About the book

Involuntarily single. That’s where Catherine Tidd finds herself just three weeks after turning thirty-one. Widowed with three children under six years old, a rusty resume, no fix-it skills, and no clue how to live life as a widow, Catherine can’t help but be a little exasperated with her dead husband for leaving her to deal with life on her own.

Catherine’s now in charge of her life in a way she never wanted to be, in a way that would have most of us reeling and numb. But she soon realizes that when you call the shots, you can make pedicures one of the stages of grief – and that moving forward might be more fun in a new sports car. Her honest Confessions of a Mediocre Widow is a glimpse into the heartbreaking and sometimes humorous world of a young woman who learns that it is possible to find joy in an
unexpected life.


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“At 31, the author of this heartfelt and surprisingly humorous memoir is the happily married mother of three children under the age of five. In the very first pages, however, her world turns upside down when her 34-year-old husband dies from a brain injury following a motorcycle accident. But the grim and shocking opening (she spends three days in the ICU with her husband, emerging as a widow) is followed by an ultimately uplifting story, and thanks to Tidd’s keen sense of humor her tale never becomes maudlin. Instead, she invites readers to come along on her journey of self-discovery, traveling through the stages of grief, healing, and repair, from a state of disbelief and denial to an acceptance and even celebration of life and its capacity to change “in the blink of an eye.” Although Tidd attempts to be “the perfect widow,” she soon finds that putting pressure on herself is not the answer. So whether she is practicing “retail therapy,” facing a meltdown with her youngsters at Costco, or eventually dating, she learns to give herself a pass on perfection. Though the painful loss of her husband is palpable, Tidd eventually realizes that the freedom to find herself again is actually an opportunity for growth. Widowers and other readers will find inspiration and useful advice in her candid story (and in the closing “Tips for Widow(ers) and Those Who Support Them” section). ”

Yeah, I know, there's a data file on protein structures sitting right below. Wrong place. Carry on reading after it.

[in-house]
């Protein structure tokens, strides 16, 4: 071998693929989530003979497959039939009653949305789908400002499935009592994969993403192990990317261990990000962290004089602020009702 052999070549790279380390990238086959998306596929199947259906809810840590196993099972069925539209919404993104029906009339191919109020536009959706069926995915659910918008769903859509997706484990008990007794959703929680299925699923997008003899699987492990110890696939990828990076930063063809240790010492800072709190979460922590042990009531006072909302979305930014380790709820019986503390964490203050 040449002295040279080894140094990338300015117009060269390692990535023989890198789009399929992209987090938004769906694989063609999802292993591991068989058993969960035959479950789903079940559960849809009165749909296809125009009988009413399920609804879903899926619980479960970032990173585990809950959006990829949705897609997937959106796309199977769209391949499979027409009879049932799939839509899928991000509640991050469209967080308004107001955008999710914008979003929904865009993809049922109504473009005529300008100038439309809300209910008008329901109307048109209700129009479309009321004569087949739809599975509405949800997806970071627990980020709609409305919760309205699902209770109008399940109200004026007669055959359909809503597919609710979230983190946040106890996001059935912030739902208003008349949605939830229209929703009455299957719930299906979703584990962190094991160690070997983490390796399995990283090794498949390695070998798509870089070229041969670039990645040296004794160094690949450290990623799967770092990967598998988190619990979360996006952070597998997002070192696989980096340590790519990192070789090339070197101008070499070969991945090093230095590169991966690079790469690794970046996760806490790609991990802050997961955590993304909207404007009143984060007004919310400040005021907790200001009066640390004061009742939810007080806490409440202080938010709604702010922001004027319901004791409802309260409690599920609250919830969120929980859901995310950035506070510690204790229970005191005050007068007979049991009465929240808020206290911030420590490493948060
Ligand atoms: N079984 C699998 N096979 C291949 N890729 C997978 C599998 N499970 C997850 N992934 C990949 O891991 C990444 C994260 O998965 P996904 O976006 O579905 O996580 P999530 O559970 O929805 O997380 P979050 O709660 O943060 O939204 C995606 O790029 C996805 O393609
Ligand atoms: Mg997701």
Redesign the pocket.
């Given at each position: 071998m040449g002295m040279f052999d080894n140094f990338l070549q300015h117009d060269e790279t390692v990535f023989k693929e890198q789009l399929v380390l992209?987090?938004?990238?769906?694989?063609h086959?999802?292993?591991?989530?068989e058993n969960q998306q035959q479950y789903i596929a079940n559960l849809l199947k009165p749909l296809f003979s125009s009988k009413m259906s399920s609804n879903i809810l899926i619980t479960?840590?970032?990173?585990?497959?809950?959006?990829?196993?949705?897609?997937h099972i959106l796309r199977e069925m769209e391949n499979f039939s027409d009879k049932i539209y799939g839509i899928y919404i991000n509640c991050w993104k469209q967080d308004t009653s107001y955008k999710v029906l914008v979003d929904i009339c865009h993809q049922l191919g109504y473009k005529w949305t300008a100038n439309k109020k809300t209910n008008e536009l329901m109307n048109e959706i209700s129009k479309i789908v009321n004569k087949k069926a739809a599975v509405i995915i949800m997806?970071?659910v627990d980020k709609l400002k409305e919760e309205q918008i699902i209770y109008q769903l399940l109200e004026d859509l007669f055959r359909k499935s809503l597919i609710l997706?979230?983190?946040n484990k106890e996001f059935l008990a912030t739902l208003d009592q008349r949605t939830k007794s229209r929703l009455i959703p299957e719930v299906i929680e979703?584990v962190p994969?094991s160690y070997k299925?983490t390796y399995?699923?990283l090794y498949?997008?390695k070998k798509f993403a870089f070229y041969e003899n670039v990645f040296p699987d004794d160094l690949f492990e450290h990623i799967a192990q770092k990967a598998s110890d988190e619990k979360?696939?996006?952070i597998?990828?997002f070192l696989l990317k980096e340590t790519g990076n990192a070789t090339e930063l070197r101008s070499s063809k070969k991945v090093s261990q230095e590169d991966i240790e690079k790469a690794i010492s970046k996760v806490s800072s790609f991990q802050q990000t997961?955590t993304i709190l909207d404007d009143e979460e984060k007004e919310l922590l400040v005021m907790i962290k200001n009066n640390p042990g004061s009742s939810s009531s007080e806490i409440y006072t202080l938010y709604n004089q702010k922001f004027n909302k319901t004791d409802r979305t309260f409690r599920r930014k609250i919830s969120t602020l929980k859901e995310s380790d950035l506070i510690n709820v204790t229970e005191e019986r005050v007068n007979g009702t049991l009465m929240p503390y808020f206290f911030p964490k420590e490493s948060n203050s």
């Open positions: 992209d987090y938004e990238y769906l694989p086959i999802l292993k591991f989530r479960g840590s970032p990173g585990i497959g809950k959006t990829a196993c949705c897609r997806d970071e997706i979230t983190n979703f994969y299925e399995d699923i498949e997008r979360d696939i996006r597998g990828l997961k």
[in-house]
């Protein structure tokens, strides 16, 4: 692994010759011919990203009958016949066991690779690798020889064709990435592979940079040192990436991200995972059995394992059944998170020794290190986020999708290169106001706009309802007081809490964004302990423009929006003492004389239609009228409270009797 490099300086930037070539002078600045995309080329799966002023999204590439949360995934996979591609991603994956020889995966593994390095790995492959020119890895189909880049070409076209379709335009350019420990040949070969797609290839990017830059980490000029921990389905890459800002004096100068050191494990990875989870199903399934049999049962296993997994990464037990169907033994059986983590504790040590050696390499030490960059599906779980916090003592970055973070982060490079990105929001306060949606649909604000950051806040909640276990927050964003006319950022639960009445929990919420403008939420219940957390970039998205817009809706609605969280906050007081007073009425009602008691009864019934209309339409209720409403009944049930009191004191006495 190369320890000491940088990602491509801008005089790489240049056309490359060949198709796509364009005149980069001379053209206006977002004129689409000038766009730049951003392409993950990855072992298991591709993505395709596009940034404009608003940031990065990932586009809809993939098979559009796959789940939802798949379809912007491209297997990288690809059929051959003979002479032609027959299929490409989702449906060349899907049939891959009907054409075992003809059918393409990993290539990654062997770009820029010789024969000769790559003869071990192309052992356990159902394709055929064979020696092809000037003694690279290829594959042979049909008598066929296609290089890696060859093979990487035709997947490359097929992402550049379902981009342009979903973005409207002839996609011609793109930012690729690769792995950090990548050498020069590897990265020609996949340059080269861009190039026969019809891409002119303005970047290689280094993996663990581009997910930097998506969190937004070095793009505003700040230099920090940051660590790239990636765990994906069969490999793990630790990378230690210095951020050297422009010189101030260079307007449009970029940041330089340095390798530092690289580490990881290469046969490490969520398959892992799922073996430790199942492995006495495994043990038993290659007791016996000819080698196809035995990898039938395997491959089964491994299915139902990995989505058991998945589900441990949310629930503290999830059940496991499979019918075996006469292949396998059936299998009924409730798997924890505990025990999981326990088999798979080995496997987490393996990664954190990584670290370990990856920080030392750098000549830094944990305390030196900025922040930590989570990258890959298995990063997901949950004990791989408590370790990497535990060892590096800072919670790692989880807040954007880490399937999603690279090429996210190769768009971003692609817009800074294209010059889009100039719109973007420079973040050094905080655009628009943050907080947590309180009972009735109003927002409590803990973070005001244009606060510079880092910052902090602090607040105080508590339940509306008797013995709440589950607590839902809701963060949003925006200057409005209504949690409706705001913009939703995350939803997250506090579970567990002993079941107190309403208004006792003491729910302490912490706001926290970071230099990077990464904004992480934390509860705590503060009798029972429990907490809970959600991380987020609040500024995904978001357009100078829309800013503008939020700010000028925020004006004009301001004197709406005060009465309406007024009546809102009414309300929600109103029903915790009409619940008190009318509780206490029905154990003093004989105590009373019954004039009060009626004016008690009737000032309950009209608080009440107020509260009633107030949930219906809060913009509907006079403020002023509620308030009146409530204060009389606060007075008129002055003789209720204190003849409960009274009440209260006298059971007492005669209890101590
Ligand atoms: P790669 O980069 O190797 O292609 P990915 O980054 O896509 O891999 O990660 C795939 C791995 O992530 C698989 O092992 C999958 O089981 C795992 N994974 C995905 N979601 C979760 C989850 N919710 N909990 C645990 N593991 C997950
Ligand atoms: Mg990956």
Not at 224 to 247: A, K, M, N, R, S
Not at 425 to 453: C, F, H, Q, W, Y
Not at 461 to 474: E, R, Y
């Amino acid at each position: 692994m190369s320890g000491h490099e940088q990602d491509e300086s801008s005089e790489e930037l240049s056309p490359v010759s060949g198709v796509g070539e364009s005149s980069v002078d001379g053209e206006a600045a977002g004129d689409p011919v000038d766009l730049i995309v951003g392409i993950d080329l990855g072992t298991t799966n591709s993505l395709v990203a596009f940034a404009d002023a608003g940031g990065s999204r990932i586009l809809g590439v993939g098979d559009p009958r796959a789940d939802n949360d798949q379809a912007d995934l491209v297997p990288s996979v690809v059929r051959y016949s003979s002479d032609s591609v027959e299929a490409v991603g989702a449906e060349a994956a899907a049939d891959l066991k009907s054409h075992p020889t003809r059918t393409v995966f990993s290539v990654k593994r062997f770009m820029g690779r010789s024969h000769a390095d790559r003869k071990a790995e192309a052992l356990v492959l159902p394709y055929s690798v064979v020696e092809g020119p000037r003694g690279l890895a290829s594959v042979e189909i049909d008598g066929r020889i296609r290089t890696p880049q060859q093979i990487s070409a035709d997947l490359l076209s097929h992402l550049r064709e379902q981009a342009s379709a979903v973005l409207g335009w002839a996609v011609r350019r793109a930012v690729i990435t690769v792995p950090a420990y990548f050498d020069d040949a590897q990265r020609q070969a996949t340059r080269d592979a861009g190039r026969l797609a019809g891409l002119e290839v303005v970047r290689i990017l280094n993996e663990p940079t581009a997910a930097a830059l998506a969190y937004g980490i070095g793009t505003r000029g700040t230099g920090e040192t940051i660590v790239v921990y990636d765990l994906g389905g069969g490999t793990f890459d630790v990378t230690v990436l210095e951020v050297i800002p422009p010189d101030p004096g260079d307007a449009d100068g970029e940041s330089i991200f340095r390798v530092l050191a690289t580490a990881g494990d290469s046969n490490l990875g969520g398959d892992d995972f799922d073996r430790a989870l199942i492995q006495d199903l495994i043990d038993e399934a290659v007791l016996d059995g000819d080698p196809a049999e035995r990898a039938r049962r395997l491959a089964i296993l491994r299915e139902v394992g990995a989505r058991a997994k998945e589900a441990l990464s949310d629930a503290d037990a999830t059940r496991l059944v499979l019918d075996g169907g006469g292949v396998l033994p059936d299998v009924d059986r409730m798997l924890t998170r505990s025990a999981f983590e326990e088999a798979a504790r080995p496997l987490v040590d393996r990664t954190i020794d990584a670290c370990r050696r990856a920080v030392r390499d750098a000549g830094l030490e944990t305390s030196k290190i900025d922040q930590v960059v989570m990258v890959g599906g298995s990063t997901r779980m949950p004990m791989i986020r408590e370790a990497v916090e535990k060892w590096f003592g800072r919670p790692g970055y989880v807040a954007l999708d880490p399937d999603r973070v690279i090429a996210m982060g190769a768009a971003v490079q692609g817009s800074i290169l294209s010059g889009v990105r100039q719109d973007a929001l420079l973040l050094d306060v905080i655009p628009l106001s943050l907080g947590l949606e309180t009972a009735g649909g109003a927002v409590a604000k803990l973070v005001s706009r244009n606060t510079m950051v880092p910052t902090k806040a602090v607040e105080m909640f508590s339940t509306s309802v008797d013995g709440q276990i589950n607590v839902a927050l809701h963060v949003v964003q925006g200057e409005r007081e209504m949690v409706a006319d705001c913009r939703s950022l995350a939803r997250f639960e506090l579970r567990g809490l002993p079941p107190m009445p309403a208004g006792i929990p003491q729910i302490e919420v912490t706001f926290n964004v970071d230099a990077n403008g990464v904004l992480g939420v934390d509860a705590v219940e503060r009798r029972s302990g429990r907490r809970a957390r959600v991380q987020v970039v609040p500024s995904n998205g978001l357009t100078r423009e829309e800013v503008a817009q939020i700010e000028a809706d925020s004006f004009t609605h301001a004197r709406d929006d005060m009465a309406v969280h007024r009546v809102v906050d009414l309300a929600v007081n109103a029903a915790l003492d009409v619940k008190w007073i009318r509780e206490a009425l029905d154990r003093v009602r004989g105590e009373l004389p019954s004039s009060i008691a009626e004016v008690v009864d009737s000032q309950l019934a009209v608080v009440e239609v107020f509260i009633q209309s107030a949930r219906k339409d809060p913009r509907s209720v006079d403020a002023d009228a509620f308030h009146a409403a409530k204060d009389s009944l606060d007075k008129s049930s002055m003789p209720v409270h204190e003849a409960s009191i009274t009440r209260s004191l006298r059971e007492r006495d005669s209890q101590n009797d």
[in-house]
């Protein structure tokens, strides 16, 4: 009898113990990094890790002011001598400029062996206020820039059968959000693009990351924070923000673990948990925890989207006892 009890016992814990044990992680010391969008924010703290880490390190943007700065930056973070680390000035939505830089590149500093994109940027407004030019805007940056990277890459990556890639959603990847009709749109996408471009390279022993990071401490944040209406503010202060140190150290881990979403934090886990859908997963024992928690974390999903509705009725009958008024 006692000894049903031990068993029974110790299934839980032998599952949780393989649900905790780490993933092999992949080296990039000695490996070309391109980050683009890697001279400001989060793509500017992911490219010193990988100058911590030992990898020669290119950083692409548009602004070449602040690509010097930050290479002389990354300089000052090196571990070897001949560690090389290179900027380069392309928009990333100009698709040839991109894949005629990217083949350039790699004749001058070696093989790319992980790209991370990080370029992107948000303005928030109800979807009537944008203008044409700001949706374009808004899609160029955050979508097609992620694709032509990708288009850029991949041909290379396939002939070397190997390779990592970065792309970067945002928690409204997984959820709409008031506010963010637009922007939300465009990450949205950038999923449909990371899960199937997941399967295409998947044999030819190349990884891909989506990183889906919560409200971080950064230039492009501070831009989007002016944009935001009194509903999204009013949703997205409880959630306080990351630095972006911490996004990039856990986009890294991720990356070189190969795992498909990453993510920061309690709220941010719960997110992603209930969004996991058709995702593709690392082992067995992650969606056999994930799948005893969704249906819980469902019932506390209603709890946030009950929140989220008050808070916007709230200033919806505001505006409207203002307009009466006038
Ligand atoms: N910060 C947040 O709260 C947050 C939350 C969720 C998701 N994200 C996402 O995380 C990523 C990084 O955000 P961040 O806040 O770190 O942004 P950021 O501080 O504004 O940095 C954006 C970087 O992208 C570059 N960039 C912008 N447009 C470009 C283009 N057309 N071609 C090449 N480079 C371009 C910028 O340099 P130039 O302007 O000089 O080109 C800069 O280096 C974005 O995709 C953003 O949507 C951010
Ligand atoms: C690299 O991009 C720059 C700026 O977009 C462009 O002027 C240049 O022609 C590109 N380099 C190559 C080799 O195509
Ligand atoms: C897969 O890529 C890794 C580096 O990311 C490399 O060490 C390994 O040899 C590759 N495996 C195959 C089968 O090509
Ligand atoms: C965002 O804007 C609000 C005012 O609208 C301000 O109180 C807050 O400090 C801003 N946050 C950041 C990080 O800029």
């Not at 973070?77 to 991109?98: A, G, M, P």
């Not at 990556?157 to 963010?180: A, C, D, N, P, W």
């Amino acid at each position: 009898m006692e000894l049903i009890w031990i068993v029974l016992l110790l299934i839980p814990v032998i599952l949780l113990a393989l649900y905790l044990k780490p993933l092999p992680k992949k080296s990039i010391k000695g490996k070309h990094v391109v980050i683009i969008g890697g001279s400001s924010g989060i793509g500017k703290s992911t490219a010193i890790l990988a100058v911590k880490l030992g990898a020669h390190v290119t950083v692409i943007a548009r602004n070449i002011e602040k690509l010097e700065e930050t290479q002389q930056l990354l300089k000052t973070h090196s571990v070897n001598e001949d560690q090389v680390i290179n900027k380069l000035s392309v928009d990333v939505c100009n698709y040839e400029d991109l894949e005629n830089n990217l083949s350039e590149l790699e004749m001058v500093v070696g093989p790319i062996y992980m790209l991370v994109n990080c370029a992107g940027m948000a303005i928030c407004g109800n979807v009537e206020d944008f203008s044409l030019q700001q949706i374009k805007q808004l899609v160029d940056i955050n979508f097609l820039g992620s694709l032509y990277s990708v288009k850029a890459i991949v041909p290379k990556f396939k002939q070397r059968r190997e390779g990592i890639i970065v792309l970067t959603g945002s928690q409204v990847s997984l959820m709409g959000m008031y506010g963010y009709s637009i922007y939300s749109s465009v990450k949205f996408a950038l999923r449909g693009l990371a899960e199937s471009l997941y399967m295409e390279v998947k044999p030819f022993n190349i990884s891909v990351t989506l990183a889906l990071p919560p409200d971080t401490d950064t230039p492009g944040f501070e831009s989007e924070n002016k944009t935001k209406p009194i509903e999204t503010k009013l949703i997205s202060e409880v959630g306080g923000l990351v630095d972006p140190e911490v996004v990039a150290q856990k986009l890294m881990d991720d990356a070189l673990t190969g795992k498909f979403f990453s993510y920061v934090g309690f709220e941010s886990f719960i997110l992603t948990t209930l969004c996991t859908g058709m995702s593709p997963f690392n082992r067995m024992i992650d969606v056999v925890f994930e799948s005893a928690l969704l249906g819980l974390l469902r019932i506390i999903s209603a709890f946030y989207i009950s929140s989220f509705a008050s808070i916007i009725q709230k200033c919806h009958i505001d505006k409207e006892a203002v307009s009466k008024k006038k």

~Publishers Weekly~


“Tidd combines indignation and sarcasm with humility, and the result is a moving, helpful look at how to navigate the difficult times that come with tremendous loss.”     Read More >>

~Kirkus Reviews~


“Above all, Tidd gives grieving widows the room in this book to laugh, to be lost, to be found, to be angry, to grieve, to grow and to move on. At the end she offers suggestions of what to say and do for widows and also for people who are grieving with them. This was the only helpful book that I have read about becoming and being a widow. I found myself laughing and listening to Tidd as I would listen to a friend telling her story; she has a voice that is compelling, a story that is real and a book that is an invaluable addition to grief memoirs. I cannot recommend it highly enough, and not just for widows; for those of you who are watching me (or someone else) go through this process, Tidd’s book offers insight into what is happening as we experience the awfulness of widowhood.”  Read More >>

~Suzannah Kolbeck, widow and author of the “Bitter/Sweet” Blog~


“…There is something so comforting about reading a story that you can connect to. Being a young widow with children I felt at parts like I was reading my own story. Catherine’s writing is so easy and effortless to read….I feel like (she) was able to get out on paper what all of us have felt at one moment or an other. This book is a must have for widows, particularly young widows; either in their first 6 months of grief or five years out.”  Read More >>

~Susan Soares, widow and author of My Zombie Ex-Boyfriends~